Jurisdiction of the ICC: The Realpolitik by State Parties to the Rome Statute and United Nations Security Council in Its Efficaciousness
72 Pages Posted: 28 May 2011
Date Written: September 24, 2010
The International Criminal Court was created as a deterrent to impunity, as a means towards eliminating the world‘s most horrendous crimes and as an instrument to redress the victims of genocide, war crimes and crimes against humanity. The Rome Statute of the ICC was a subject of intensive negotiations and careful crafting with the main controversy being with respect to Part 2, on Jurisdiction, Admissibility and Applicable Law.
A compromise informed the Court‘s jurisdictional infrastructure, the jurisdiction of the ICC, the trigger mechanism and admissibility. The notion of jurisdiction has a broad meaning in the Statute and includes the competence of the Office of the Prosecutor to investigate. Complimentarity is the cornerstone upon which the ICC was established. However, it has been one of the most contentious issues during the drafting of the Statute, which was generally the result of a political compromise to secure support from the largest possible number of states. The principle of complimentarity can be traced in the Preamble of the Statute, which affirms the primary responsibility of member states to punish perpetrators within their territories and therefore identifies the ICC as an institution to only supplement or compliment this duty. In sum, complimentarity remains a critical component on the successful discharge of the mandate by the Court.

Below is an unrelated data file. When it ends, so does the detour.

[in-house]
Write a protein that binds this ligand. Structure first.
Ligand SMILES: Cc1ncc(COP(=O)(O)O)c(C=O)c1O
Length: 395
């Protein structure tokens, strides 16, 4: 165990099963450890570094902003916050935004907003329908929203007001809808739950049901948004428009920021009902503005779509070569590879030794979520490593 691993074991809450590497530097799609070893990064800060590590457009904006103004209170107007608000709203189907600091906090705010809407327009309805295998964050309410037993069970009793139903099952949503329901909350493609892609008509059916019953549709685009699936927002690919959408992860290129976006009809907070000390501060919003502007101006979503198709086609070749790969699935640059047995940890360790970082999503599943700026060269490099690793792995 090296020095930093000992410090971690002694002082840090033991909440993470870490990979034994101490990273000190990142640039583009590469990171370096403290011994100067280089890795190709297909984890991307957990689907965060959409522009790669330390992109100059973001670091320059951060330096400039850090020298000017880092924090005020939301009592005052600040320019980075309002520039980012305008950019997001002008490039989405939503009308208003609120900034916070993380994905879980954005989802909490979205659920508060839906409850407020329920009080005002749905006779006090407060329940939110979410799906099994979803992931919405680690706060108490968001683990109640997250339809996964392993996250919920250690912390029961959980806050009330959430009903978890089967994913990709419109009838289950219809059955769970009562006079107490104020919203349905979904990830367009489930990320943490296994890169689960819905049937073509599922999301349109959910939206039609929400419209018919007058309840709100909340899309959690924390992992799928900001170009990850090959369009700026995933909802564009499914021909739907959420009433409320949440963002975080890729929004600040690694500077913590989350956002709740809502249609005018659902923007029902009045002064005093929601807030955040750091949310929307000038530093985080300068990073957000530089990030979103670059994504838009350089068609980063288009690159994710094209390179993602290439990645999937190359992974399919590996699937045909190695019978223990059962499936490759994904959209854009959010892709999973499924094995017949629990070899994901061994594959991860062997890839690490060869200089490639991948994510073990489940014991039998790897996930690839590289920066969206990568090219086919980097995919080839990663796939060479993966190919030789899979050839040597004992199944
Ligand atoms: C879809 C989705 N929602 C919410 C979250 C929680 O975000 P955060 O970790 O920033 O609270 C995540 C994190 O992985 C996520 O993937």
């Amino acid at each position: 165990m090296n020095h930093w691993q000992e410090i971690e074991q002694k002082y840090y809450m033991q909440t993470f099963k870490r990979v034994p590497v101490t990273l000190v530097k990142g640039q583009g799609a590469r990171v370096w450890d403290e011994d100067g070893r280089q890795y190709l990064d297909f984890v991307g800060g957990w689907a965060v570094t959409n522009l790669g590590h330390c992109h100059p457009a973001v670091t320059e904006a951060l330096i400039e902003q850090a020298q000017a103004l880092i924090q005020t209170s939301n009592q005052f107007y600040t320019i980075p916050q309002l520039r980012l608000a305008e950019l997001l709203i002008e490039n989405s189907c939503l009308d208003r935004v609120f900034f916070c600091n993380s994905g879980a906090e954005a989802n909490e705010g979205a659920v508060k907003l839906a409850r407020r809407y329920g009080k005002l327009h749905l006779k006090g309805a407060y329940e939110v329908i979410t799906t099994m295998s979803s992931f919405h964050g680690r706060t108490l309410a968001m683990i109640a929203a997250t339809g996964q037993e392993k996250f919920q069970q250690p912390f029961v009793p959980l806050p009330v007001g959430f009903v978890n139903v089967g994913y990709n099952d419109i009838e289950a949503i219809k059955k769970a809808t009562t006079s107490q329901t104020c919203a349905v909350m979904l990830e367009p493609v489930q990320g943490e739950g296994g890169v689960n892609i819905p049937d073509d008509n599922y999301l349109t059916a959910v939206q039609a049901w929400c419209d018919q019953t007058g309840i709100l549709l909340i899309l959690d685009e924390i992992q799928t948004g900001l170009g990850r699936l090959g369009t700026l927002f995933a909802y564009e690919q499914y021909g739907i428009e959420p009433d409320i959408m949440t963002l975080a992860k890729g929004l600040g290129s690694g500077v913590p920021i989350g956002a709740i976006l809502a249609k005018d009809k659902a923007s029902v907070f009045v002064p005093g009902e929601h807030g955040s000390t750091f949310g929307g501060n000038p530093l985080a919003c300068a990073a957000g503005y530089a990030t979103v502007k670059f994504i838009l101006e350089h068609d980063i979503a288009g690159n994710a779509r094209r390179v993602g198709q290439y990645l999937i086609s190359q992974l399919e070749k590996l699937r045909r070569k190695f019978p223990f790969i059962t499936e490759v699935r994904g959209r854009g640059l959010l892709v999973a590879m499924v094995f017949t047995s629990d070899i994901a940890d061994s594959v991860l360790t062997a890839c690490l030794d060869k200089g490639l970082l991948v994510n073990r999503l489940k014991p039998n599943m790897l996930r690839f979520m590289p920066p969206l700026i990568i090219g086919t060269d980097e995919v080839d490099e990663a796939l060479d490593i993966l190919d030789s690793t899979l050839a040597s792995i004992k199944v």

This paper assesses the efficacy of the ICC jurisdiction in dispensing justice and combating impunity, within the context of the important role expected to be played by state parties and their foreign policy determined by expediency rather than ethics or world opinion. Power politics - realpolitik - inform state actions, concluding that, although the ICC jurisdiction is besieged with practical hurdles it portends positive but gradual jurisprudential development in international criminal justice. It instills a culture of accountability upon states to punish criminals responsible for the most serious crimes in international law, deter the commission of such crimes, and create greater international stability by fostering the rule of law in countries affected by conflict and crimes.
Keywords: Transnational justice, International Criminal Court, Kenya, complimentarity, realpolitik
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